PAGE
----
On the morning after Michael took the gun, there was nothing but gloom at the breakfast table. Mother had told the news to Father when he returned from the meeting of his Freemasons lodge in Limerick. Father was a Protestant, which was how he had come to obtain our handsome farm in the first place. His grandfather or his great-grandfather had quit being a Catholic to avoid the laws and prejudices that prevented any man of the old faith from rising in Ireland. But Father put no stock in creeds and articles of religion. What counted with him was an honest and loving heart, he often said, looking at Mother while he spoke. He had no objection to our being raised Catholic, even Michael, his only son, because he was sure the old prejudices were dying away on both sides.
But this new passion swirling through the land, this fury for Ireland's freedom, found him totally unprepared, especially when it confronted him in his own home. Michael had caught the fever at the university in Dublin and had passed it on to me. All Father could do that morning was stare past us at the empty place above the mantel where his gun had hung. Mother had warned me in advance to say nothing, and for once I thought it prudent to obey.
Our maids, Bridget and Peggy, were in a pother because it was the day of May Eve, when the old gods were supposed to come back to earth and the fairies were out in throngs looking for victims. Bridget, the fat one, strewed primroses at the front and back doors to keep the little people out and told us how she had been sure to make the sign of the cross with the froth from the milk pails first thing. No food was given to any beggar on May Eve for fear that he might be one of the little people in disguise come to steal a coal from the fire and weave an evil spell around the house. We believed none of this, of course, but Mother had long since given up trying to change the minds of the maids and other country people who worked for us.
Peggy, the thin maid (the skinny melink, we called her), undid Father by asking him in all seriousness what she should do if a man on the run came to the door. "What in God's name do you mean by that?" Father snapped.
"Sure there's going to be a row, is there not?" Peggy said in her brainless way. "Hasn't Master Michael gone to fight with the Fenians in Limerick city? I heard him telling Miss Bessie here the other day that they had taken a vow to avenge the old treaty or die."
She was talking about the Treaty of Limerick, which the Irish signed in 1691, surrendering their army to England. The treacherous British promptly violated the treaty, creating one law for Protestants and another for the Catholic majority.
Father looked like he might weep at any moment. I had never seen him so undone. "Any man who comes to this door will be given the charity of the road, even though it is May Eve," he said. "We will ask no questions about where he is going or where he has been."
Mother thought this a good time to summon me and Mary to help her with the breakfast dishes. Further contriving methods to get me out of Father's way, she announced that I was to accompany her to Mrs. Malloy's cottage on the lakeshore to see if she was all right. I groaned but acquiesced. To tell the truth, down deep I was a little frightened about what might happen to Michael with that gun in his hand. He was no soldier. At heart he was a poet, a writer. Indeed I may be writing these words now, so many years later, as an attempt to tell, in place of him, the history that engulfed us.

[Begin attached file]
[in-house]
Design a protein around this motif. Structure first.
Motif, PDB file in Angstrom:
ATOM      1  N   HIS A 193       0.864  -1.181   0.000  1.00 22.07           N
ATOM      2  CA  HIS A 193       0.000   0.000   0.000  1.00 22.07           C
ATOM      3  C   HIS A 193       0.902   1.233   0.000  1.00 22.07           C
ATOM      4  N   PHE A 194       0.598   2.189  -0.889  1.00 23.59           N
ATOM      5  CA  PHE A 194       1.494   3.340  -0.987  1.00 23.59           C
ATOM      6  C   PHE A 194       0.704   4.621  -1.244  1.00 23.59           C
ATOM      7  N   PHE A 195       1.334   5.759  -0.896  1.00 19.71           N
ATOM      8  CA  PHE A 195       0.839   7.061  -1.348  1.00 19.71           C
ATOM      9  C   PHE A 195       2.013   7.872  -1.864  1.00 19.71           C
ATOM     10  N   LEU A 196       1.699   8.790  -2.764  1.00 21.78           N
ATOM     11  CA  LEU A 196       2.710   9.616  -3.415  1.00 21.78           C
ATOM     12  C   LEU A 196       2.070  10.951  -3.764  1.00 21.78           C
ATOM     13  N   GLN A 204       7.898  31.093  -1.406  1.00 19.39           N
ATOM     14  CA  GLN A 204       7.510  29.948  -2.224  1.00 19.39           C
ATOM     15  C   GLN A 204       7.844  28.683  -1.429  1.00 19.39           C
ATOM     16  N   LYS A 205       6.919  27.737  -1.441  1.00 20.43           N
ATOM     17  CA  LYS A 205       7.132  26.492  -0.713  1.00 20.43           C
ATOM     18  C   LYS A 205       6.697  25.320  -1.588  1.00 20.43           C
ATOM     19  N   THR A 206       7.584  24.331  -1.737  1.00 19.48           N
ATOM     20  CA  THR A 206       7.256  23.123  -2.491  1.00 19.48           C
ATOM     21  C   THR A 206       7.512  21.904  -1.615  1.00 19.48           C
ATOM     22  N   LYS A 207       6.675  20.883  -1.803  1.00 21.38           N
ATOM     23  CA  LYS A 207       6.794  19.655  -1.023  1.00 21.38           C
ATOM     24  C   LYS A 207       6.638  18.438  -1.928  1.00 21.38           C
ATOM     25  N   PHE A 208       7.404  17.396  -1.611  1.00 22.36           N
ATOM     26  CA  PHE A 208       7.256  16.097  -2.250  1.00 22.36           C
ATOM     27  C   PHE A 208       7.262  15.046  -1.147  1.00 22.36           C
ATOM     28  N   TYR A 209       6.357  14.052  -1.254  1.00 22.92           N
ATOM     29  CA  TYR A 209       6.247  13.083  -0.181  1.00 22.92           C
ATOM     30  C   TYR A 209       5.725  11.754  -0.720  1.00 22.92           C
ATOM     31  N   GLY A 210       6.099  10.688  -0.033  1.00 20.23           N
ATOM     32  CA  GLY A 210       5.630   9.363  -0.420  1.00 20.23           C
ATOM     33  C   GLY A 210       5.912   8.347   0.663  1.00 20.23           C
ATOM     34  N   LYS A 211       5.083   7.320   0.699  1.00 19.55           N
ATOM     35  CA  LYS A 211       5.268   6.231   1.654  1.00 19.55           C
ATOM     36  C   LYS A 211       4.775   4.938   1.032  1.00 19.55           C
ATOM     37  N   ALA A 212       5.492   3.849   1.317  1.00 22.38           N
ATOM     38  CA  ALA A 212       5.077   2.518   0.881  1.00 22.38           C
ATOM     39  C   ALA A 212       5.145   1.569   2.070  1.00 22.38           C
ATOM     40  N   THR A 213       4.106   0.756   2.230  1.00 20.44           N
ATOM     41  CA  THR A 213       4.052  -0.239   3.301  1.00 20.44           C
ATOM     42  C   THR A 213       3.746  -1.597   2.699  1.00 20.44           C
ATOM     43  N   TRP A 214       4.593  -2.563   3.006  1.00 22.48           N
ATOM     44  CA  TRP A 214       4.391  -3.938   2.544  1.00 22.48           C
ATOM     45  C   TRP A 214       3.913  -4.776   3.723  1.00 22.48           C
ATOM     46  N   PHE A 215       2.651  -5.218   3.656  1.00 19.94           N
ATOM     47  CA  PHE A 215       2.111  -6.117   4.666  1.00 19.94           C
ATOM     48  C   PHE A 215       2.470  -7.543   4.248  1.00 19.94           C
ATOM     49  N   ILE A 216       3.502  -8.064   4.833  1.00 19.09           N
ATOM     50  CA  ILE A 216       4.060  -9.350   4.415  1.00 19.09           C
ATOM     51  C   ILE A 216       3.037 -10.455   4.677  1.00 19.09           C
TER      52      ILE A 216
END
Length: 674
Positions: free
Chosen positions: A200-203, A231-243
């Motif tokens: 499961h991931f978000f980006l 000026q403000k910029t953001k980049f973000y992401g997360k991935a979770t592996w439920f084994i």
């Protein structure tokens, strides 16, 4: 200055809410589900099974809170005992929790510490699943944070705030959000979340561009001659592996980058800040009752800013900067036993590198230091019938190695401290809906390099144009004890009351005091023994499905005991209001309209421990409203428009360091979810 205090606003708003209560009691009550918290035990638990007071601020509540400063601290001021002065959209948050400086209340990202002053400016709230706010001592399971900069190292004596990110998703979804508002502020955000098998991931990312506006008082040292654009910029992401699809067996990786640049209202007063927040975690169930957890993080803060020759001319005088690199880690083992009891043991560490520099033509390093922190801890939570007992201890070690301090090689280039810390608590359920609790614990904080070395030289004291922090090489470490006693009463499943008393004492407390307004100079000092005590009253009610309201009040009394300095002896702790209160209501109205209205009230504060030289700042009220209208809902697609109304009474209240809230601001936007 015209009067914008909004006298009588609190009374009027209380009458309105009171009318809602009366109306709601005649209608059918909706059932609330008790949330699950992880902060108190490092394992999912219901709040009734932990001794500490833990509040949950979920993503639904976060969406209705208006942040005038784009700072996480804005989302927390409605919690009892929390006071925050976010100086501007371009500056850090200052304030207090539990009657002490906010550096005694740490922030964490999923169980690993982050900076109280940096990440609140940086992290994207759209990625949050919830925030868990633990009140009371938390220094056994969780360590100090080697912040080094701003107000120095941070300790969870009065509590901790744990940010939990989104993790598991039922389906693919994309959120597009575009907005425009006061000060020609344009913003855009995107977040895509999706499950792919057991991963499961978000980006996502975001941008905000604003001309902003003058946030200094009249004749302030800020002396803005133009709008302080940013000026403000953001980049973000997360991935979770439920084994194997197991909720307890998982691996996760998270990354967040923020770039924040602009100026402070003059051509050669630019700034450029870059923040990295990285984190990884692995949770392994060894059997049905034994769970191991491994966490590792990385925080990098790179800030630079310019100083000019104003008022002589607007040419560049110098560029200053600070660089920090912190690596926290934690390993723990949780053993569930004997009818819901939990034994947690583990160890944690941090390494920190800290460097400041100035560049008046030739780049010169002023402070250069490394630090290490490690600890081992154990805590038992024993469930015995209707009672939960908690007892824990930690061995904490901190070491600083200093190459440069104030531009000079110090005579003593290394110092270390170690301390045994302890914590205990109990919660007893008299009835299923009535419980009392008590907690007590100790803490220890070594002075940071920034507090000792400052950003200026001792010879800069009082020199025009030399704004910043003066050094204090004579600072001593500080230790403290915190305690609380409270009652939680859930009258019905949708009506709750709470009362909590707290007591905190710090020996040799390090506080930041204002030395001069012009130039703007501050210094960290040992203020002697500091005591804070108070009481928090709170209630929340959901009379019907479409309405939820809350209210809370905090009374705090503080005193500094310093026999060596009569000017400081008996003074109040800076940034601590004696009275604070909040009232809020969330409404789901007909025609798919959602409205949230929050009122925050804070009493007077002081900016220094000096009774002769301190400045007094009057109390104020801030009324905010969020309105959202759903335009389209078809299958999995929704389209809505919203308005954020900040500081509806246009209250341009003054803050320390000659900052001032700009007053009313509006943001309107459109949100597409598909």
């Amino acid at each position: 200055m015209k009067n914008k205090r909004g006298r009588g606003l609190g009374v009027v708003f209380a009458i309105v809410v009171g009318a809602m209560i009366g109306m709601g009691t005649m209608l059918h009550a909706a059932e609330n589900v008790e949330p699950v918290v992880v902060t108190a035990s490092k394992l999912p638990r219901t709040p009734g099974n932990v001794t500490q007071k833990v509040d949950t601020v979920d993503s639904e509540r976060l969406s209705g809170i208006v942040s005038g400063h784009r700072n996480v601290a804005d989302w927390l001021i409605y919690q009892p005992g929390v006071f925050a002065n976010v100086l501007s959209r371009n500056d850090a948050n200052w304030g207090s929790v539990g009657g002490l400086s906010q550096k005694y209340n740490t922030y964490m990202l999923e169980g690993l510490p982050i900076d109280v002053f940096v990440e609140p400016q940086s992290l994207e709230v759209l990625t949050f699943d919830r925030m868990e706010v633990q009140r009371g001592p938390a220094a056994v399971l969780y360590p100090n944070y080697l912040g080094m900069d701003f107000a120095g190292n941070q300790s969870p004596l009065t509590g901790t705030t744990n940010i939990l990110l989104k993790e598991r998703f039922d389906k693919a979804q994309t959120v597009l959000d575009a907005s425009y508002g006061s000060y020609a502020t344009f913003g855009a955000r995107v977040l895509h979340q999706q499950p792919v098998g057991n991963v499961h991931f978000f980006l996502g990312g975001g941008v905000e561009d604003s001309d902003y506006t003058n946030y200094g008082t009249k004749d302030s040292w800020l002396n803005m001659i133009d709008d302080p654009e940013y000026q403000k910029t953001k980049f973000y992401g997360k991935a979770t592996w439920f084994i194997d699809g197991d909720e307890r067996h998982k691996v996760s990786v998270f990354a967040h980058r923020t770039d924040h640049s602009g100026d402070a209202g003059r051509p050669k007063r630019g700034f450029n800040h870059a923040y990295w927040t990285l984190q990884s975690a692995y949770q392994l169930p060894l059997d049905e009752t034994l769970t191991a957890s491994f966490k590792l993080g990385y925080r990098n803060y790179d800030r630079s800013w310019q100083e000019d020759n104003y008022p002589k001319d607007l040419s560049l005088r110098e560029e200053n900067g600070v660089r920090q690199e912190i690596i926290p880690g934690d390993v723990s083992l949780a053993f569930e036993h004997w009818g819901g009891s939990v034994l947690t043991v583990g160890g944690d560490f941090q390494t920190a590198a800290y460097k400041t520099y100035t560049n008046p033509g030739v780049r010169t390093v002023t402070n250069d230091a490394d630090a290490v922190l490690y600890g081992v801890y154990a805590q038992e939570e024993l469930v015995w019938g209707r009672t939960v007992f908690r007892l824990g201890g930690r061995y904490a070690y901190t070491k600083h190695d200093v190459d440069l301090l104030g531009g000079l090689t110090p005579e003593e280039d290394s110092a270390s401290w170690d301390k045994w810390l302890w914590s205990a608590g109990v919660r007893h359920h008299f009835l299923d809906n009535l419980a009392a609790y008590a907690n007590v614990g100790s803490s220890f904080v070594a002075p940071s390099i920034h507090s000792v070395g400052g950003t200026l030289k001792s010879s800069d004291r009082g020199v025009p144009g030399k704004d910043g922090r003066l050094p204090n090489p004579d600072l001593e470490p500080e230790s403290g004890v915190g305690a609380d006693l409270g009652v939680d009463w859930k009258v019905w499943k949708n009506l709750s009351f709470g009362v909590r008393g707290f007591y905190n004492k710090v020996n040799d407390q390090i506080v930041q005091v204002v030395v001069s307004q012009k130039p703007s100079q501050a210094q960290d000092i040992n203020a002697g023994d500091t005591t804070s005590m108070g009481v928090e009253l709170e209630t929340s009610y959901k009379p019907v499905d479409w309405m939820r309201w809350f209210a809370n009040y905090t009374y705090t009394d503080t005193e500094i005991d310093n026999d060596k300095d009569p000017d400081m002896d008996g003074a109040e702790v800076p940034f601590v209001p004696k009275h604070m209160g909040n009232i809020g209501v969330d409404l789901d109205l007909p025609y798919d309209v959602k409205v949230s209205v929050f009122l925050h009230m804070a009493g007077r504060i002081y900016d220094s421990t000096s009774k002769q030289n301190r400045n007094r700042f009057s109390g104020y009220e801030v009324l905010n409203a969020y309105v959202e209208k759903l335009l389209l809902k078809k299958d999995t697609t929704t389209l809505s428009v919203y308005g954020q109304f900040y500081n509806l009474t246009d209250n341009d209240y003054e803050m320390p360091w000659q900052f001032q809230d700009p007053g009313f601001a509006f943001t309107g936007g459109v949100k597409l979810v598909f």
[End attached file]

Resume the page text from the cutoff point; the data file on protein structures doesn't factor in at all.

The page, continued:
Obedient as my sister Mary for a change, I put on my cloak and seized the basket of meat and vegetables Mother packed for old Mrs. Malloy. The poor thing was a dear person, but she tended to be tiresome, now that I was a grown woman of nineteen. More than anyone, perhaps even more than Mother, Malloy knew I felt cast under by the beauty of my older sisters, Annie and Mary. Not that I was ugly. But they had Mother's pure white skin and calm presence and dark green MacNamara eyes. They were always perfectly composed, every ringlet and ruffle in place, while I was always in disarray, my hair flying, my lip curling. I was out of tune with the times, which treasured women like Annie and Mary, delicate creatures who seemed to breathe poetry, when actually they had scant use for it.
Although Malloy wearied me somewhat now, I was loyal to her forever because of what she had done for me when I was eleven or twelve. My mother's nephew, Barry MacNamara, was visiting us. He saw me with Annie and Mary and called me the Ugly Duckling. I ran crying into the kitchen, where I collided with Malloy. When I sobbed out my woe, she grew vastly indignant. Her round red cheeks inflated like a balloon until I thought she would explode.
"Sure you're never cryin' about the face that God Almighty chose for ye!" she said. "Haven't ye a nice white skin where there's many a one born black as our ould turkey and blacker! Haven't ye soft fair hair and a fine pair of eyes when there's them that's born white-headed with eyes as red as a pet rabbit's? And haven't ye a mouthful of strong teeth when ye might have them black and crumblin' like Casey's youngest, her with the hump and the squinny eyes, God help her?"
She swept me to her ample bosom and dried my eyes. "Cushla mavourneen," she said. "Did I ever tell ye the tale of the duke's son who got sot on a poor lovely young girl? 'I'll marry ye, poor as ye are,' he said to her, 'if ye'll promise me ye'll hold up your head and not care a tinker's curse what anyone says to cheapen ye.'"
"'I will,' says she. 'I will hold up my head.' And what'd she do but go into a little lane and cut a twig of furze and pin it in her dress so that every time she hung down her face the way poor folk do the furze druv it up with its sharp spikes and by the next day she held her head as high as the queen of England."
Mother would never have told me a story like that, because she did not want to make me proud. Her faith taught her that humility and forgiveness were the great virtues. I instinctively disagreed with her, and Malloy's folk wisdom gave me a first glimpse of why. There was something in me, a spirit, a voice, call it what you like, that despised the thought of bowing my head, begging pardon, turning the other cheek, all the habits of meekness that a woman was supposed to cultivate. I imitated Malloy's heroine from that day and cultivated the habit of holding my head high and looking everyone straight in the eye.